Consistency is a vital part of all aspects of your musical journey, from marketing efforts to skill development. Here are four reasons why you should focus on being consistent and what you’ll benefit from it:
4 THOUGHTS FROM ME
1. Focus on consistently producing and finishing tracks and they will get done faster and better. If you focus on just finishing one perfect song every now and then or trying to look for one perfect idea to then start a new track, you’ll lose a lot of your precious time trying to fix or find the perfect song, which doesn’t exist, and will take you away from releasing new songs, which is what matters. When you focus on developing and finishing many tunes, you’ll likely learn a new skill or develop your current ones with every new song, which will make the next song always better than the previous one. In addition, not worrying that this one song has to be PERFECT will allow you the freedom to experiment since you’ll have other tracks coming if this song doesn’t work. This creative freedom is what can actually set you apart and make music that people will really want to listen to, which is key especially nowadays in music. Therefore, focus on creating and finishing more music rather than one perfect song.
2. You need a consistent release schedule to remain relevant to platforms like Spotify and Apple Music. Imagine a show released episodes in a random and not predictable time span, and you don’t really know when the next episode is coming out. As a media outlet, would you promote that? No, right? That’s why streaming platforms value artists who are constantly uploading and bringing content to their audience in a predictable manner. When you release a new song every 4-6 weeks, not only your fans will like that you have new music, but these platforms will also see that you’re constantly bringing new content to their platforms and can possibly reward you for that, provided that you’re making good music. To achieve that, creating a buffer of songs, as mentioned here, is REALLY important to be able to schedule your songs in a consistent and predictable manner.
3. Consistently write new music to avoid going into writer’s block. When you focus on developing many ideas, let’s say two per week, you will understand that (1) not all ideas will be good, but by making 8 ideas per month, your likelihood of finding a new idea will be bigger, and (2) you’ll get into the habit of always practicing your ‘composition skills’, which will lead you to better and better ideas every week. Let’s do some quick Math, if you develop 3 ideas per week, that’s 156 ideas per year, and assuming 10% are good, you have 15 songs by the end of the year (which fits the schedule above), rather than if you are trying to develop 15 really good songs, out of just 15 ideas, that’s incredibly hard to do, if not impossible. Writer’s block is all about feeling pressured to compose something better than what you’ve done before, and by making more ideas, you lower the pressure on yourself to ‘deliver every time’, which will make you feel freer to compose, and, then, ideas will come more naturally to you, which will make dusting off the bad ones not as painful as well.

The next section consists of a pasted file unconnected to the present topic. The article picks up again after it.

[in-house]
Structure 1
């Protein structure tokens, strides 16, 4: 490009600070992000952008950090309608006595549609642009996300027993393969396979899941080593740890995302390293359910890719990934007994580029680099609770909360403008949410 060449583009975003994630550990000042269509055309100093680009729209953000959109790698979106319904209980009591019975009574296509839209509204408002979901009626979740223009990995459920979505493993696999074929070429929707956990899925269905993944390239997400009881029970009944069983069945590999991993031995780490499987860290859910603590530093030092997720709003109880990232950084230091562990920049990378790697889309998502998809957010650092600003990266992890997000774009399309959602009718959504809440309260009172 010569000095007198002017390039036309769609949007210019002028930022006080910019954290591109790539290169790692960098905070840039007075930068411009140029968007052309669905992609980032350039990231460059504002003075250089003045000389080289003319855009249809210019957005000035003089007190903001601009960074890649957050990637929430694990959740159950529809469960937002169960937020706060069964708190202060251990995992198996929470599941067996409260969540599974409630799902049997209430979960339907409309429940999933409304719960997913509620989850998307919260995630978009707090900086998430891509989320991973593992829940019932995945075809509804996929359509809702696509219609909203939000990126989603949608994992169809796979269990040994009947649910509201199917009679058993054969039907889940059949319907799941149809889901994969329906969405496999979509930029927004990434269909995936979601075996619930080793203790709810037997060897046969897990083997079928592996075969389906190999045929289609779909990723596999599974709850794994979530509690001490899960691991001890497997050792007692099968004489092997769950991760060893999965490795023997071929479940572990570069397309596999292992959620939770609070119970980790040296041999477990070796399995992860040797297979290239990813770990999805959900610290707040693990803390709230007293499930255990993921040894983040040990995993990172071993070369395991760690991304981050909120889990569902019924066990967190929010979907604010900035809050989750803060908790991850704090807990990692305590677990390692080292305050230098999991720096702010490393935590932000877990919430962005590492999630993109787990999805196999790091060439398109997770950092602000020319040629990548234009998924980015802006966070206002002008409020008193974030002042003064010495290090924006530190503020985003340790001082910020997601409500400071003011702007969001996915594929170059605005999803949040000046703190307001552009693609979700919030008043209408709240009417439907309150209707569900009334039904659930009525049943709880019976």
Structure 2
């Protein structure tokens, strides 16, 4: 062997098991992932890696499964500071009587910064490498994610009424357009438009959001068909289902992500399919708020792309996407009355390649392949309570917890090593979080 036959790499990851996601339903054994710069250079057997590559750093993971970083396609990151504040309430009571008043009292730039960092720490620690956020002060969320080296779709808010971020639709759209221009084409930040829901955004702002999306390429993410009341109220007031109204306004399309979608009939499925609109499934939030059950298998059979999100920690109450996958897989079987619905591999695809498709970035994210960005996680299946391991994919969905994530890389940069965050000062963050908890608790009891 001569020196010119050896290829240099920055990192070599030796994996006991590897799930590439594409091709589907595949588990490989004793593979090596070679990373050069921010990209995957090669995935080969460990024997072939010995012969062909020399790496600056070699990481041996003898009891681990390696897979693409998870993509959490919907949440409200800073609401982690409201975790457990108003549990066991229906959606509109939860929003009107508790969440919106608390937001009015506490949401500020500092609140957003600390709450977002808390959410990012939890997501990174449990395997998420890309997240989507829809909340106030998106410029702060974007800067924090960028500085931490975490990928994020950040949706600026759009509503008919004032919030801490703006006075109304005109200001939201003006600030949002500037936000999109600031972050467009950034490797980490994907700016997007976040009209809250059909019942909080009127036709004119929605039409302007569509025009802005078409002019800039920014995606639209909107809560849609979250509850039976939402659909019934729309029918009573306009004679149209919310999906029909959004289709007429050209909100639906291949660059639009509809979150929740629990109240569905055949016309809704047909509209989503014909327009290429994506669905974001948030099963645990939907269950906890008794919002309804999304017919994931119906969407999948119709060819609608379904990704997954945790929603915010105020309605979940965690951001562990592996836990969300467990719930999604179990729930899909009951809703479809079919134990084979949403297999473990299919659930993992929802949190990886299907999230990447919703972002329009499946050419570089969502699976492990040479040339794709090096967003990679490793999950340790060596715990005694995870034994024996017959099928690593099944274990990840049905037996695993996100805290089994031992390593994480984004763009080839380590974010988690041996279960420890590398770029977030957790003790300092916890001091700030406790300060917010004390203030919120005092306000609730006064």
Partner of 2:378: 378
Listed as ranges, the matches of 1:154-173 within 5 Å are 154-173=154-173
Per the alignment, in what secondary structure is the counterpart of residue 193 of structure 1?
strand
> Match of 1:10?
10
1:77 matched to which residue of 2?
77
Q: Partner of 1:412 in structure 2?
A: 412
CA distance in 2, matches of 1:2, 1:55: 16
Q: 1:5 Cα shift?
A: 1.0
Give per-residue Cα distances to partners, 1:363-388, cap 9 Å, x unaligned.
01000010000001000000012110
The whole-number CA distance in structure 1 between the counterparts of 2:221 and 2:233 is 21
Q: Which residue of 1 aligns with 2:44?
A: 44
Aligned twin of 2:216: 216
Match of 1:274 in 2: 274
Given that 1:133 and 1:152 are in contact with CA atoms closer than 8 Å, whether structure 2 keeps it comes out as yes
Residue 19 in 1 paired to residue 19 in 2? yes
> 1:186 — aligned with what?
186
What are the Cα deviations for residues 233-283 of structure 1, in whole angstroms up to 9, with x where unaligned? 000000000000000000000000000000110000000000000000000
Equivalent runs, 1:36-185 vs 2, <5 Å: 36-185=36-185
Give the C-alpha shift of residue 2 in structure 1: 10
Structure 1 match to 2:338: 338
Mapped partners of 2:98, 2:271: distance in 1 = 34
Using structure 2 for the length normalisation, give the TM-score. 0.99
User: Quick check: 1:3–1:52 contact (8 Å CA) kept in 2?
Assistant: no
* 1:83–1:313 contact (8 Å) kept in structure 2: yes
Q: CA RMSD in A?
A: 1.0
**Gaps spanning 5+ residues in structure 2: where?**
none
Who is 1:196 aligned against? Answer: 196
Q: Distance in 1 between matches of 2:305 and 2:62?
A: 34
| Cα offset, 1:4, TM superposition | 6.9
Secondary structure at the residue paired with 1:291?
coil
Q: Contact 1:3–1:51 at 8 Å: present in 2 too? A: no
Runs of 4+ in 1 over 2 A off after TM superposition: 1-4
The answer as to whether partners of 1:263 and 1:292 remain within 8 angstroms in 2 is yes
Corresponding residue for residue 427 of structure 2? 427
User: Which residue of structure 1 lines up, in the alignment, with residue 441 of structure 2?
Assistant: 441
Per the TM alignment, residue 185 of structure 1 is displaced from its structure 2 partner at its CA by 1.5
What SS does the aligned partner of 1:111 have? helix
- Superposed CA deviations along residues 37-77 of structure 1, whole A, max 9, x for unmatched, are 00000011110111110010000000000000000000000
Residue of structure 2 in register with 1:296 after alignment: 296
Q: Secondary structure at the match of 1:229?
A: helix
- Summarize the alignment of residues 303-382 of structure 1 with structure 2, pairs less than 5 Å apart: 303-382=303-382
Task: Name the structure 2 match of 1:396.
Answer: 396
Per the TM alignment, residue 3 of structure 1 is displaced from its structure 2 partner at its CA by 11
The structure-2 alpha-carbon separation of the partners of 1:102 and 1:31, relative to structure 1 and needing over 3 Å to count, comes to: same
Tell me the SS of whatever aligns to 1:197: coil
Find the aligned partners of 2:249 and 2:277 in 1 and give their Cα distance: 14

4. Stay consistent to improve your workflow and output more songs. The more you do one workflow, the better you’ll get at it, as mentioned in point #1. In addition, having a similar process each time, will decrease the time spent setting up each project. As shown in this step-by-step mixing walkthrough, in which you’ll see that I have a clear mixing workflow, having this clear workflow speeds up the mixing process since you’ll know exactly what is the next step, clearing your mind and avoiding overthinking, which will also make you better every time because of repeating the same process (familiarity) with a new song (new techniques). Therefore, if you don’t have a workflow yet for mixing, composing, mastering, etc., develop one, and the more you do it, the faster and better you’ll get at it.
1 QUESTION FOR YOU
How could you be more consistent with each of these
1. Releases? Create a buffer of 3-5 songs to be released in the future, which gives you more time to avoid having to always rush to produce a track to release on time;
2. Composition? Develop 2-3 ideas per week, every week, and you’ll have a load of ideas to choose from. One 8 bar loop, piano, kick and bass, and possibly some drums, and that’s it.
3. Networking? Get into the habit of meeting 2-3 new people every week, and certainly, the more people you meet, the higher your chances of meeting collab partners, developing relationships with label A&Rs or getting other business opportunities.